RRRevolution

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Wednesday, September 28, 2005

DELAY INDICTED!!!!!

Will wonders never cease to amaze us? Tom Delay is indicted for a felony --coming out of the State of Texas at that!

Presidential response "(we) still have confidence in Tom Delay."
Republican talking point "this is purely partisan."
Pat Buchanan "this is the end of his(Delay's) career."
Chris Matthews "this is moneylaundrying. He is either guilty or not."
Anti-Corruption Groups "what took you(prosecutor) so long!"

Delay's co-defendant co-conspirators are now presented with the unique opportunity of grabbing a lenient plea deal to turn state's evidence against Delay, or go "away" for a long time.

So the question the criminally indicted, including Mr. Delay, should ask now is "How do we make this indictment go away?"

Well, indictments must be dealt with in one of the following ways: (1) Trial on the charges indicted; (2) Plea bargain arrangement which covers the original charges in indictment; (3) Prosecutor decides not to prosecute the charges as indicted; (4) Indictment is dismissed by a Judge for either procedural or substantive irregularity; (5) Upon return of indictment the grand jury is presented with additional evidence which prompts reconsideration and withdrawal of the previously issued indictment with court approval (ie. proof of innocence).

Our Analysis: In reverse order, (5) has almost zero possibility as the term of the grand jury ends today, and the prosecutor is solely responsible for presentation of evidence the grand jury sees. Number (4) this is possible, but not likely. You can bet the procedural and substantive elements have been reviewed extensively by not only the prosecutor's office but by a presiding judge. Number (3) there is no chance on this one. After over 2 years of investigation and the accumulation of evidence against Delay and the other co-defendants, he will not refuse to take the grand jury indictment to trial.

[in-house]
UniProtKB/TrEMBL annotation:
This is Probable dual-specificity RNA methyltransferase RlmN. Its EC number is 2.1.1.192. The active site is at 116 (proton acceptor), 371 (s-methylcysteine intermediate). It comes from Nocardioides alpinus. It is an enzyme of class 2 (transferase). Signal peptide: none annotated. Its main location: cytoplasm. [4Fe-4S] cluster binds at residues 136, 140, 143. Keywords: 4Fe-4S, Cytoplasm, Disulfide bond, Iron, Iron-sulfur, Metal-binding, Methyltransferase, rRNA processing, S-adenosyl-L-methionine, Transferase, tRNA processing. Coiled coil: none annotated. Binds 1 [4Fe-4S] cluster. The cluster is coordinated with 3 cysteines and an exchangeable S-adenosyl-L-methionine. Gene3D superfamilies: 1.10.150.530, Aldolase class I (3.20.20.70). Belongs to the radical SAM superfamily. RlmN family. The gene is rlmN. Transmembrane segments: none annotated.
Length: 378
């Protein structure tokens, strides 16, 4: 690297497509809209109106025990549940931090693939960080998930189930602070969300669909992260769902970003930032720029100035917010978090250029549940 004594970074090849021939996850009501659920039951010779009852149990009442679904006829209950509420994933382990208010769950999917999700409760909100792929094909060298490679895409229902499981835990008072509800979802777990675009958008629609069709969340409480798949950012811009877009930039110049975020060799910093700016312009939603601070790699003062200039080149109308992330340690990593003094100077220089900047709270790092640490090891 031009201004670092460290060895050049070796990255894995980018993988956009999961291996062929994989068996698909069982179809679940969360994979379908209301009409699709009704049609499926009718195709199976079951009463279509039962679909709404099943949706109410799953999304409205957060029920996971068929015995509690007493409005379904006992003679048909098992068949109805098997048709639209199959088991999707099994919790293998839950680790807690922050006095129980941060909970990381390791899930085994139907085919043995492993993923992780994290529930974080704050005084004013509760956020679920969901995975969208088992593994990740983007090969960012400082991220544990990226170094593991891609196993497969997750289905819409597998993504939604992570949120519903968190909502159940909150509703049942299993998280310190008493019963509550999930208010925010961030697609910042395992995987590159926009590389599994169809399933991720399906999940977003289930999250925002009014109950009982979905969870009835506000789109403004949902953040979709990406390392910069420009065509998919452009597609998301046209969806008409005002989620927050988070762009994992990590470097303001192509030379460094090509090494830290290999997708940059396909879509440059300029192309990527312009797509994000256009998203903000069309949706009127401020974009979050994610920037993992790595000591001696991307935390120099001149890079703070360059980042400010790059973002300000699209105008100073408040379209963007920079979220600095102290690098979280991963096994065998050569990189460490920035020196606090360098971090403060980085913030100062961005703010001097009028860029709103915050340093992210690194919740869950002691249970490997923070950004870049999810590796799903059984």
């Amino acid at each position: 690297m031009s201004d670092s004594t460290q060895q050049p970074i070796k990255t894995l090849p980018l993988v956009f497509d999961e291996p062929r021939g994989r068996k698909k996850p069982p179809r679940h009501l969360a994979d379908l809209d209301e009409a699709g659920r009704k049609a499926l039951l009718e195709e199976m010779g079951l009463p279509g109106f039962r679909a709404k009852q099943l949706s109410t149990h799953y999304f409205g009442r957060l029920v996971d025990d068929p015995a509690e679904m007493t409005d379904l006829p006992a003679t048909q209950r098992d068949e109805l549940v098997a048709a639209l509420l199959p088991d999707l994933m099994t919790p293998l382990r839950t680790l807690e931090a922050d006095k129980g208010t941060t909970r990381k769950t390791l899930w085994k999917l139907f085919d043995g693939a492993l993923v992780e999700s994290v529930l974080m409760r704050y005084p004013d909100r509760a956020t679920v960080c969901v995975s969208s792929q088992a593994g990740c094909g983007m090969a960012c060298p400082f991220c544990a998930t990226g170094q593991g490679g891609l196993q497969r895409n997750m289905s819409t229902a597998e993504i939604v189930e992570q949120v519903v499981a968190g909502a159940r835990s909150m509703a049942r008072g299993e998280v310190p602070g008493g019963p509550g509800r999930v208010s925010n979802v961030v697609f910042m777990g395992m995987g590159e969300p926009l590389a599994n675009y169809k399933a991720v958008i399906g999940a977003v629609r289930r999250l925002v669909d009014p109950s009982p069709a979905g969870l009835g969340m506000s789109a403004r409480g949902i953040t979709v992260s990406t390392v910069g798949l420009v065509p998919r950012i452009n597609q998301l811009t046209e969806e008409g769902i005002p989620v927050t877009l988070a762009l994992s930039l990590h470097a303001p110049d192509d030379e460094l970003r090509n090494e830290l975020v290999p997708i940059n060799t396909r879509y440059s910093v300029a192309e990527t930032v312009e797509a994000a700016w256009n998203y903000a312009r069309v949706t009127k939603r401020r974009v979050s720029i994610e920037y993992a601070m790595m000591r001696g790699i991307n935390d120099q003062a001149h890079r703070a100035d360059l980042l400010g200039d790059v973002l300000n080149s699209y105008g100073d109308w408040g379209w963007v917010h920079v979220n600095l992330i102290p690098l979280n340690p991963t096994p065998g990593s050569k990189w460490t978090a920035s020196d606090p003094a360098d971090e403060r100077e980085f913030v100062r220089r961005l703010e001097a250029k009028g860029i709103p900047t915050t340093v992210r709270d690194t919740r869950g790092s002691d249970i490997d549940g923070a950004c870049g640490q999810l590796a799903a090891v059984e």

Number (2) is the most likely resolution of the indictment. Delay knows the evidence that would be put on and must know that a trial would likely lead to conviction. He will want to avoid jail time and a felony conviction, so he is likely to agree to plead guilty to one or more misdemeanors with a promise of no jail time. Will the prosecutor accept a guilty plea to a misdemeanor to make this go away? Who knows. But even if Delay has to plead to a felony to get the sentence with which he can live, he will do so. His career as majority leader in the House is over, and he most likely will lose his seat in the House. His only hope is to play for time by dragging the process out, but once an indictment is issued there are established court deadlines that must be met. Essentially time has run out on Delay.

Number (1) is the second most likely resolution of the indictment. Agree to no plea offers, admit nothing, smear the prosecutor and grand jury in the press as partisan, fight like hell to win at trial on a technicality. The advantage to Delay is that this will lengthen the process. However, it will increase the likelihood of active jail time in the event of a guilty verdict. Most seasoned defense lawyers will advise a client in the fix which Mr. Delay finds himself to negotiate a deal, and get the sentencing behind him. Then mount a public relations attack to recharacterize his plea as being entered for the good of the Republican Party and President Bush, not because he was actually guilty.

The immediate effect of this indictment of Delay? It is well known that Delay made a lot of enemies within the Republican Party. This presents the perfect opportunity within the Republican Party to shift the balance of power from the hands of those leaders like Delay who have ruled with an "iron fist" to more moderate Republicans who are looking to survive the upcoming mid-term elections. Once Delay steps down, he will never "step up" to that position again.

The reality is that Delay's world has changed permanently.

And better late than never, we are all the better for it.

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